Experts point out that in addition to the fully operational Three Gorges Dam, the cascade reservoir group in the upper reaches of the Yangtze River has also assumed a vital task in resisting the threat of flooding.
In June, China's Ministry of Water Resources approved a conjunctive management plan saying that during this year's flood season, a total of 47 dams along the Yangtze River will be jointly operated for flood control and power generation purposes, with a total flood control storage capacity of 69.5 billion cubic meters. Among them, there are seven dams are under the jurisdiction management of the CTG, with a total regulating reservoir capacity of 47.3 billion cubic meters and 38.6 billion cubic meters flood control reservoir capacity, playing a key role in the flood control system of the Yangtze River Basin.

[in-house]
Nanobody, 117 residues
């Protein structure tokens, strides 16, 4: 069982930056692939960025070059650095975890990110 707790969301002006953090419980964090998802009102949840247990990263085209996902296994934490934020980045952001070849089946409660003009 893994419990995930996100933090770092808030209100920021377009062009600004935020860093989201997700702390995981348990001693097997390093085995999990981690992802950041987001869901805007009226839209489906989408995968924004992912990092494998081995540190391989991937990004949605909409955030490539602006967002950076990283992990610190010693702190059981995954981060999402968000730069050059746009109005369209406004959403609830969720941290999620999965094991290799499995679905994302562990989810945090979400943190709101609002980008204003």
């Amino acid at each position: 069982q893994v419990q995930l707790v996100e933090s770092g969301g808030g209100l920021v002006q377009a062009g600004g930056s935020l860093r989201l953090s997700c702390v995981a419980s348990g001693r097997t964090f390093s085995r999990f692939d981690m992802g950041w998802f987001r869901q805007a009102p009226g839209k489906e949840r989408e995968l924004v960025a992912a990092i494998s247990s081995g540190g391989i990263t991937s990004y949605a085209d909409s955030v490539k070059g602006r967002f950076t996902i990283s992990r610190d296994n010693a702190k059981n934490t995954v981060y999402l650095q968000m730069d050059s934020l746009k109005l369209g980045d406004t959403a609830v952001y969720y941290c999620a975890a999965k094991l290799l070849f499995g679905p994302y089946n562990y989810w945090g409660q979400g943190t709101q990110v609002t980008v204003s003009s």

The Wudongde Reservoir on the upper Yangtze River, which came into full operation in June, is already capable of assisting in flood prevention, and the joint flood control operations will be carried out with its downstream reservoirs such as Baihetan, Xiluodu and Xiangjiaba to improve flood control standards in the Sichuan-Chongqing reach of the Yangtze, in combination with the Three Gorges Reservoir to hold back floodwaters in the middle and lower reaches of the river system, Li said. "In the Yangtze River basin, there are 1,400 weather stations and more than 20,000 hydro-meteorological stations established for providing most real-time, accurate and comprehensive information for reservoirs' safe operation," a representative from the Three Gorges Cascade Dispatch and Communication Center told the Global Times.